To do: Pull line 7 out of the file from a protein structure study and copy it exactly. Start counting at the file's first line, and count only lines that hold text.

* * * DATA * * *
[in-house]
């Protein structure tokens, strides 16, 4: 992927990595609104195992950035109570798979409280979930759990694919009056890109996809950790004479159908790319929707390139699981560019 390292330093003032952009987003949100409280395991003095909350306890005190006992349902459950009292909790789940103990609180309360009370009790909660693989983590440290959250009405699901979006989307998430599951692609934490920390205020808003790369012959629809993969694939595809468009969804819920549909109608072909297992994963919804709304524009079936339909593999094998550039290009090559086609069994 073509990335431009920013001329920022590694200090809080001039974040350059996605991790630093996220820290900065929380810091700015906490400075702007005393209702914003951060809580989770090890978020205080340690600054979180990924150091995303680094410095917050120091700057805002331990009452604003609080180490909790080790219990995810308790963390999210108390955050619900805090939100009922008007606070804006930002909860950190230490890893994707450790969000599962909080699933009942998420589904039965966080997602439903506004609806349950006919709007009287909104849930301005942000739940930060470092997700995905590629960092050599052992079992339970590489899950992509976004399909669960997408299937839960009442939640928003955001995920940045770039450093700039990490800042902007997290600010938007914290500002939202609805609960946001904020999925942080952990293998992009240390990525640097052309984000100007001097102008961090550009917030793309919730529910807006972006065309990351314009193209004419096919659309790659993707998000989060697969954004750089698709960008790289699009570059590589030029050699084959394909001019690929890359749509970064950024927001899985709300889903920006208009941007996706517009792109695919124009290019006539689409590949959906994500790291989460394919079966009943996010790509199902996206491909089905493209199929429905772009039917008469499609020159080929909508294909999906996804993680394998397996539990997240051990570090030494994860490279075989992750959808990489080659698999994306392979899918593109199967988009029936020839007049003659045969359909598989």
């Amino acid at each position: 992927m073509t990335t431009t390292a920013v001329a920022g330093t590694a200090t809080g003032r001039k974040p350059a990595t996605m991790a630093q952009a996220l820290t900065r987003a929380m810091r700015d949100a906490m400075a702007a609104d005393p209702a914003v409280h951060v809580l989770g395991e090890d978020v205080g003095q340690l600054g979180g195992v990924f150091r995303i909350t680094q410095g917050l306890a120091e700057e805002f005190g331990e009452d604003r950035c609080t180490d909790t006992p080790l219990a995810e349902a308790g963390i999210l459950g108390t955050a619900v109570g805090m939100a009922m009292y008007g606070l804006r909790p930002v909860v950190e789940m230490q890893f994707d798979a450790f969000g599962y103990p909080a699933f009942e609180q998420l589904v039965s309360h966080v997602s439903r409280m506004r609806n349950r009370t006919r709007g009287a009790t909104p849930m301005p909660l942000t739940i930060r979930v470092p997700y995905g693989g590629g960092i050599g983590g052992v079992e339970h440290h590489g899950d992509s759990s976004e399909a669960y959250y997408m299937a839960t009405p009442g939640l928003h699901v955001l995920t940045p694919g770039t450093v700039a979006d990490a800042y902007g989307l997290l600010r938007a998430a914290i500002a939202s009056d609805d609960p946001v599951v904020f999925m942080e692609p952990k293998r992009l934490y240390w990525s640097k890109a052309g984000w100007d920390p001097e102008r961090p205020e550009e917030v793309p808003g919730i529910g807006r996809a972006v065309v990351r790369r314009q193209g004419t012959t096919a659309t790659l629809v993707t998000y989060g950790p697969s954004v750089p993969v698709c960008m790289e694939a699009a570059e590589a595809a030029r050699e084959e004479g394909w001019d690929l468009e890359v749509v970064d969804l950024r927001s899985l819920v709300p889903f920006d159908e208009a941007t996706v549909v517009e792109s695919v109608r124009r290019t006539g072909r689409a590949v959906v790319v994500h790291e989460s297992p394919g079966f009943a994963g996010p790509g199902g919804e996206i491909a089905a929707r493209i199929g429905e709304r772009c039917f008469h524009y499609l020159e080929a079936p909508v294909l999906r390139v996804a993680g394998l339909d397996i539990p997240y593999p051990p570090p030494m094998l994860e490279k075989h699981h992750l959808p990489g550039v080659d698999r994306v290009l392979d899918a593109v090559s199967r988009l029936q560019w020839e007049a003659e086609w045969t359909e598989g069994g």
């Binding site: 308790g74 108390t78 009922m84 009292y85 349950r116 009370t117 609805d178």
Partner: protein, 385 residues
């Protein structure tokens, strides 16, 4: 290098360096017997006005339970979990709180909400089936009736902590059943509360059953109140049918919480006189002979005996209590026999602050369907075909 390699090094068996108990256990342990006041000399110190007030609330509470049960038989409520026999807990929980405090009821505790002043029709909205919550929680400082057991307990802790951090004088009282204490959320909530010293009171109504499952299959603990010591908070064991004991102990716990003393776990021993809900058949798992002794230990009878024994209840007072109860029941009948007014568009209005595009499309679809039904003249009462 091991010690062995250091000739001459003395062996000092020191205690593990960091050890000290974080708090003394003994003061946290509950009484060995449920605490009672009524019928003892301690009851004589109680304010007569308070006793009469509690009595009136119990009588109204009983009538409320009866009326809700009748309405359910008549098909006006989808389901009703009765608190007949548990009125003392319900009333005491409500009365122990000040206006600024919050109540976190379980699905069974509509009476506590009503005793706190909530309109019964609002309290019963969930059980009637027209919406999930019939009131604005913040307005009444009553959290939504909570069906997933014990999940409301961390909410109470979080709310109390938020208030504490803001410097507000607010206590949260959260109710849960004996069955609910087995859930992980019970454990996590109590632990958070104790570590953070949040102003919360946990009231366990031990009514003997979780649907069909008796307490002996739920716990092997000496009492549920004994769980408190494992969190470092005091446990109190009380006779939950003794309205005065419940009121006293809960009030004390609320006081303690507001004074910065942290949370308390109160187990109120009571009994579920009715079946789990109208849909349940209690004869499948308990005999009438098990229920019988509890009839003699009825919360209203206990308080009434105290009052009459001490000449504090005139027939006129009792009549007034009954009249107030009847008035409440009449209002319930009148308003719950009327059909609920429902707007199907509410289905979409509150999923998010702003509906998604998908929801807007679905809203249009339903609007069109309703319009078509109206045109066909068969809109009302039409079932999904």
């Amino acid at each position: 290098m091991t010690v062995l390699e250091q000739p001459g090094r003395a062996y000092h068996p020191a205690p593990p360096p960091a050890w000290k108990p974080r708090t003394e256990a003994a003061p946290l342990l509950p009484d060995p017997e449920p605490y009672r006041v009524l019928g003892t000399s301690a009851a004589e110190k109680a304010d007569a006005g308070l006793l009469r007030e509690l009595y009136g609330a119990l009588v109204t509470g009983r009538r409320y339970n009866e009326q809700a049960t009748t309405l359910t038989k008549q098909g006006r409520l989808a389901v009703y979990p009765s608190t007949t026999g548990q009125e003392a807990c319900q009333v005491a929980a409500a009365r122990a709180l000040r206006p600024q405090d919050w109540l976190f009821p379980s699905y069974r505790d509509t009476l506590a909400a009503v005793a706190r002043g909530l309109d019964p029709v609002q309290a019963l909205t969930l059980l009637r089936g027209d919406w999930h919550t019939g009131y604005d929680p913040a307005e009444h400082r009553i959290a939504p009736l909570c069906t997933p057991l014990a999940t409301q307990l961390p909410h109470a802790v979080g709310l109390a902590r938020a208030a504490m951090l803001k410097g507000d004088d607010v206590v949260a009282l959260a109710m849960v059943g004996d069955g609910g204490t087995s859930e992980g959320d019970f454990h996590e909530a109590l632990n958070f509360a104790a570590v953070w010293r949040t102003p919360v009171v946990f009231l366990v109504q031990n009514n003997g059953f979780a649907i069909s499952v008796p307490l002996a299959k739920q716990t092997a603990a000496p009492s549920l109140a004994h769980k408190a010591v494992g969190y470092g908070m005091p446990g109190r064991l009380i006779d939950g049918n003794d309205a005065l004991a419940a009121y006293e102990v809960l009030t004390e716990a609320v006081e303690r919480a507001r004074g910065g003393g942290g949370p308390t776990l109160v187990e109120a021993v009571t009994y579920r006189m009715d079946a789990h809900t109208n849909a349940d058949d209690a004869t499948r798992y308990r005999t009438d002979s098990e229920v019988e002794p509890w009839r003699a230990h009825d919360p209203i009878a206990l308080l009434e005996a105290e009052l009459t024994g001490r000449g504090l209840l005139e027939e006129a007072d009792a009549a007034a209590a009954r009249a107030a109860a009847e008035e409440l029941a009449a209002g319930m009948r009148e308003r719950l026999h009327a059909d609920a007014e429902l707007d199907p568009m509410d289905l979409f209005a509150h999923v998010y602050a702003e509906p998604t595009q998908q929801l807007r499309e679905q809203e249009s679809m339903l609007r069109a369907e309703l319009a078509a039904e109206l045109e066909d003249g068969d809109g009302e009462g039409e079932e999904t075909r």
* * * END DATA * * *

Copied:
């Amino acid at each position: 290098m091991t010690v062995l390699e250091q000739p001459g090094r003395a062996y000092h068996p020191a205690p593990p360096p960091a050890w000290k108990p974080r708090t003394e256990a003994a003061p946290l342990l509950p009484d060995p017997e449920p605490y009672r006041v009524l019928g003892t000399s301690a009851a004589e110190k109680a304010d007569a006005g308070l006793l009469r007030e509690l009595y009136g609330a119990l009588v109204t509470g009983r009538r409320y339970n009866e009326q809700a049960t009748t309405l359910t038989k008549q098909g006006r409520l989808a389901v009703y979990p009765s608190t007949t026999g548990q009125e003392a807990c319900q009333v005491a929980a409500a009365r122990a709180l000040r206006p600024q405090d919050w109540l976190f009821p379980s699905y069974r505790d509509t009476l506590a909400a009503v005793a706190r002043g909530l309109d019964p029709v609002q309290a019963l909205t969930l059980l009637r089936g027209d919406w999930h919550t019939g009131y604005d929680p913040a307005e009444h400082r009553i959290a939504p009736l909570c069906t997933p057991l014990a999940t409301q307990l961390p909410h109470a802790v979080g709310l109390a902590r938020a208030a504490m951090l803001k410097g507000d004088d607010v206590v949260a009282l959260a109710m849960v059943g004996d069955g609910g204490t087995s859930e992980g959320d019970f454990h996590e909530a109590l632990n958070f509360a104790a570590v953070w010293r949040t102003p919360v009171v946990f009231l366990v109504q031990n009514n003997g059953f979780a649907i069909s499952v008796p307490l002996a299959k739920q716990t092997a603990a000496p009492s549920l109140a004994h769980k408190a010591v494992g969190y470092g908070m005091p446990g109190r064991l009380i006779d939950g049918n003794d309205a005065l004991a419940a009121y006293e102990v809960l009030t004390e716990a609320v006081e303690r919480a507001r004074g910065g003393g942290g949370p308390t776990l109160v187990e109120a021993v009571t009994y579920r006189m009715d079946a789990h809900t109208n849909a349940d058949d209690a004869t499948r798992y308990r005999t009438d002979s098990e229920v019988e002794p509890w009839r003699a230990h009825d919360p209203i009878a206990l308080l009434e005996a105290e009052l009459t024994g001490r000449g504090l209840l005139e027939e006129a007072d009792a009549a007034a209590a009954r009249a107030a109860a009847e008035e409440l029941a009449a209002g319930m009948r009148e308003r719950l026999h009327a059909d609920a007014e429902l707007d199907p568009m509410d289905l979409f209005a509150h999923v998010y602050a702003e509906p998604t595009q998908q929801l807007r499309e679905q809203e249009s679809m339903l609007r069109a369907e309703l319009a078509a039904e109206l045109e066909d003249g068969d809109g009302e009462g039409e079932e999904t075909r």